• ITVI.USA
    15,948.420
    108.680
    0.7%
  • OTLT.USA
    2.798
    -0.001
    0%
  • OTRI.USA
    22.010
    -0.060
    -0.3%
  • OTVI.USA
    15,936.600
    100.010
    0.6%
  • TSTOPVRPM.ATLPHL
    2.950
    -0.570
    -16.2%
  • TSTOPVRPM.CHIATL
    3.610
    0.650
    22%
  • TSTOPVRPM.DALLAX
    1.370
    -0.240
    -14.9%
  • TSTOPVRPM.LAXDAL
    3.550
    0.210
    6.3%
  • TSTOPVRPM.PHLCHI
    2.320
    0.220
    10.5%
  • TSTOPVRPM.LAXSEA
    4.110
    0.250
    6.5%
  • WAIT.USA
    126.000
    0.000
    0%
  • ITVI.USA
    15,948.420
    108.680
    0.7%
  • OTLT.USA
    2.798
    -0.001
    0%
  • OTRI.USA
    22.010
    -0.060
    -0.3%
  • OTVI.USA
    15,936.600
    100.010
    0.6%
  • TSTOPVRPM.ATLPHL
    2.950
    -0.570
    -16.2%
  • TSTOPVRPM.CHIATL
    3.610
    0.650
    22%
  • TSTOPVRPM.DALLAX
    1.370
    -0.240
    -14.9%
  • TSTOPVRPM.LAXDAL
    3.550
    0.210
    6.3%
  • TSTOPVRPM.PHLCHI
    2.320
    0.220
    10.5%
  • TSTOPVRPM.LAXSEA
    4.110
    0.250
    6.5%
  • WAIT.USA
    126.000
    0.000
    0%
Legal issuesLess than TruckloadNewsTop StoriesTrucking

Former Roadrunner CFO guilty in $245M securities, accounting fraud scheme

Jury acquits former execs Bret Naggs and Mark Wogsland

The former CFO of Roadrunner Transportation Systems was convicted of violating federal securities laws in a complex, $245 million securities and accounting fraud scheme.

A federal jury convicted Peter R. Armbruster, 62, of Milwaukee, on four counts, including securities fraud, misleading Roadrunner’s auditors and two counts of falsifying Illinois-based Roadrunner’s books and records.

The jury rendered its verdict on Thursday following a 14-day trial in the U.S. District Court for the Eastern District of Wisconsin. The jury acquitted former controllers of Roadrunner’s truckload division, Mark Wogsland and Bret Naggs, of all charges. 

As of publication time Monday, Roadrunner had not returned FreightWaves’ call seeking comment.

Wogsland and Naggs were the first two former Roadrunner executives to be indicted by federal prosecutors in June 2018, nearly a year after the sophisticated scheme was discovered. It was nearly a year later before charges were leveled against Armbruster, in April 2019.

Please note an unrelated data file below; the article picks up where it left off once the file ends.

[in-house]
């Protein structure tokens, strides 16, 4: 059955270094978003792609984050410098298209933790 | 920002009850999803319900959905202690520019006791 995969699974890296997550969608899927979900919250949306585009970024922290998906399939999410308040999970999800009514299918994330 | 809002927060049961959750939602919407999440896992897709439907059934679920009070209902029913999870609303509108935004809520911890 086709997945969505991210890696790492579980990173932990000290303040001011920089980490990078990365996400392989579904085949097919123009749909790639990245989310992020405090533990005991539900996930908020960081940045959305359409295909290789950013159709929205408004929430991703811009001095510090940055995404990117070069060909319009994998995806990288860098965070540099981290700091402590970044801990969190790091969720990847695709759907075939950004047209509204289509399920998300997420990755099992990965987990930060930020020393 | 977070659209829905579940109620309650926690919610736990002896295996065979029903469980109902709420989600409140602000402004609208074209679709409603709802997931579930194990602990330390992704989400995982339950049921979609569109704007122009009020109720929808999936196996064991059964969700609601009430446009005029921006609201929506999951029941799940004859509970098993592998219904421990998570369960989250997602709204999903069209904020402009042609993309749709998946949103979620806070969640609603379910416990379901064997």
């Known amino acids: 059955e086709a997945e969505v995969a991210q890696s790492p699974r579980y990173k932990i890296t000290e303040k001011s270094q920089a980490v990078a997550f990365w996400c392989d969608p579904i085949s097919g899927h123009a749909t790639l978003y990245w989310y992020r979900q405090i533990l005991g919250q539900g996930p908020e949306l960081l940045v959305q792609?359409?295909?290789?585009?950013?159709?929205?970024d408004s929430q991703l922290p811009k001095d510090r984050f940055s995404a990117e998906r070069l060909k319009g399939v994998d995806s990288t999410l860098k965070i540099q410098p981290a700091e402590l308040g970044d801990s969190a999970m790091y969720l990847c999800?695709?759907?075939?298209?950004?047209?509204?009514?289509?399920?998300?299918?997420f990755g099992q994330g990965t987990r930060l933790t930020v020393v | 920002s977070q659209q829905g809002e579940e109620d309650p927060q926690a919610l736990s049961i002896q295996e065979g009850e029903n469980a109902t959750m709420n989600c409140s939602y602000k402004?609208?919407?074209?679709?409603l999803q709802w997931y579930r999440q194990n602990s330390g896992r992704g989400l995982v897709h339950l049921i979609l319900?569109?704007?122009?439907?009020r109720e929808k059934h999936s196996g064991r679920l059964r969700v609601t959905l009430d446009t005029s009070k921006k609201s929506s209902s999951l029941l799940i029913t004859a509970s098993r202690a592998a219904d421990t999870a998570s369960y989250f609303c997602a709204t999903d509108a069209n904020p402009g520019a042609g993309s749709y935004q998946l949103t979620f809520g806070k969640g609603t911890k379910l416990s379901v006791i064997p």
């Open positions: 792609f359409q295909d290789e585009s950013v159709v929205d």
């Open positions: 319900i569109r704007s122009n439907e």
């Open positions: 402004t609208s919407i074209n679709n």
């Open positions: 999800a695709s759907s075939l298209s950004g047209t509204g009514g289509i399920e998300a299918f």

In March 2020, Roadrunner announced it was voluntarily delisting from the New York Stock Exchange and was deregistering from reporting requirements with the U.S. Securities and Exchange Commission and would be trading on the OTC Markets Group (OTCMKTS: RRT). 

In 2017, Roadrunner Transportation Systems moved its headquarters from Cudahy, Wisconsin, to Downers Grove, Illinois. 

What went wrong?

Shortly after Roadrunner went public, it went on a buying spree and bought more than 20 smaller companies between 2010 and January 2017. It consolidated the results into its own financial statements, according to court documents. 

However, in 2013, this flurry of acquisitions started to weigh on Roadrunner’s financial results.

From around 2013 to January 2017, Armbruster manipulated Roadrunner’s financial reports so it could hit prior earnings guidance and analysts’ projections for Roadrunner’s earnings per share, “while hiding significant expenses that were affecting Roadrunner’s financial performance,” court filings stated.

Eventually, Roadrunner’s financial challenges grew so severe that the company was in danger of violating performance-related debt covenants with its lenders. 

Instead of opening the accounting books and sharing the true state of Roadrunner’s shaky financial conditions, the SEC said Armbruster used a wide array of deceptive accounting maneuvers to manipulate earnings. These included improperly deferring incurred expenses and spreading them over multiple quarters to minimize their impact on Roadrunner’s net earnings and avoiding writing down assets that were worthless and receivables that were uncollectable.

What happens next?

Armbruster is scheduled to be sentenced on Oct. 29 before U.S. District Judge Matthew F. Kennelly. He faces a maximum sentence of 25 years’ in prison for securities fraud, 20 years for misleading auditors, and 20 years for each books and records violation, the U.S. Department of Justice said in a statement Tuesday.

Click for more articles by FreightWaves Senior Editor Clarissa Hawes.
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Clarissa Hawes, Senior Editor, Investigations and Enterprise

Clarissa has covered all aspects of the trucking industry for 14 years. She is an award-winning journalist known for her investigative and business reporting. Before joining FreightWaves, she wrote for Land Line Magazine and Trucks.com. If you have a news tip or story idea, send her an email to chawes@freightwaves.com.

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